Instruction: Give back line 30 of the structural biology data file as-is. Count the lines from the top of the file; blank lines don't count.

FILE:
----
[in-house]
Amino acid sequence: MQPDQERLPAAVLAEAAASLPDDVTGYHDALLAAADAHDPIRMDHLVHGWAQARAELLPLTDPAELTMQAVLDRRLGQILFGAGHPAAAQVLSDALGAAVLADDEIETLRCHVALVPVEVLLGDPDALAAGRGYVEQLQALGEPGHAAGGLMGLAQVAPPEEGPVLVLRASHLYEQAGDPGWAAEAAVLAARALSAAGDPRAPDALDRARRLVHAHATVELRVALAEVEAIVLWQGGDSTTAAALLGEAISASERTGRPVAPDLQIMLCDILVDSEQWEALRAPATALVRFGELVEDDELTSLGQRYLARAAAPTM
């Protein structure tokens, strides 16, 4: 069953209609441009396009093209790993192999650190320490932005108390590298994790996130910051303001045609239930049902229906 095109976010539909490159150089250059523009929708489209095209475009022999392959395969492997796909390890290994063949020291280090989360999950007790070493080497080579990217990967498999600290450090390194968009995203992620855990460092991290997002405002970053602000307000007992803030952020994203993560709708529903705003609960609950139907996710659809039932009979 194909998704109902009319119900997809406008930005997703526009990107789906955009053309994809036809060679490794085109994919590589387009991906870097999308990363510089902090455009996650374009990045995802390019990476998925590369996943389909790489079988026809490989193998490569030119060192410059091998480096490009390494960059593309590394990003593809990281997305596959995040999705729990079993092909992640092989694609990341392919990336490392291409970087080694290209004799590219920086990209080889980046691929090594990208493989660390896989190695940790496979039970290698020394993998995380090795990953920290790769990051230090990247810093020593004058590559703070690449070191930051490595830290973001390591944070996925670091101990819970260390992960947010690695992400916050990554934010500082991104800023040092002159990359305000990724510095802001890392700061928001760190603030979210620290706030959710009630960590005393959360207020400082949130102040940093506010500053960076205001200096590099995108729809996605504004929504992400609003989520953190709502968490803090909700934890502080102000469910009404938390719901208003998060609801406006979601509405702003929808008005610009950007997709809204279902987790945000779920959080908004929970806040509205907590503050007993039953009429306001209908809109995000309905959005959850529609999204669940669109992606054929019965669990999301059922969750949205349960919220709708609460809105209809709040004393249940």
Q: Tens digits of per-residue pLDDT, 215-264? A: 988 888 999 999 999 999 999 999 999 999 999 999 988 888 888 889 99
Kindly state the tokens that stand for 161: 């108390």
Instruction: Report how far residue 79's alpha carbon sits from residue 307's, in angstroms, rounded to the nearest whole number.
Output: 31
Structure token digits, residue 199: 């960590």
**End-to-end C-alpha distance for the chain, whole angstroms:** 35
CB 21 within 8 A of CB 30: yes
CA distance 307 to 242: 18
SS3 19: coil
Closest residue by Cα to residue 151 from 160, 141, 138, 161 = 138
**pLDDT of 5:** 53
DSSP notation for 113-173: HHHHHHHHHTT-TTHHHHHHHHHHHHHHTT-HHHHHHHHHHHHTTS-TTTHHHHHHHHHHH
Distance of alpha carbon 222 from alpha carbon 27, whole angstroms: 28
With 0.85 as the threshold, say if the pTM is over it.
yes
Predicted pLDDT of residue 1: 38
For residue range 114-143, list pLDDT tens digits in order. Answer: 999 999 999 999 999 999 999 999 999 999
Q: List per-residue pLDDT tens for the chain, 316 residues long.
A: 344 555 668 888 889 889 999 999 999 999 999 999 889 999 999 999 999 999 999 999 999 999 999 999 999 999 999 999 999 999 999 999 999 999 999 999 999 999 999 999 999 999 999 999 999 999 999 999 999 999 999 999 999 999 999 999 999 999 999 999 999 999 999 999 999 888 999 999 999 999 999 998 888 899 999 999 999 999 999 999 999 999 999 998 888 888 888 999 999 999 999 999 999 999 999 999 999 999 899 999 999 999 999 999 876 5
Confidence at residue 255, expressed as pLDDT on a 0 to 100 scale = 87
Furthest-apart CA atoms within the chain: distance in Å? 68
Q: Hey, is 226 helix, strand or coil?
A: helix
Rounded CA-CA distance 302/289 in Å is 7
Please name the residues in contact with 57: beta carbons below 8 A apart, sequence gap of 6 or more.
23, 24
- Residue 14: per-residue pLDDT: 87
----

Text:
- Residue 14: per-residue pLDDT: 87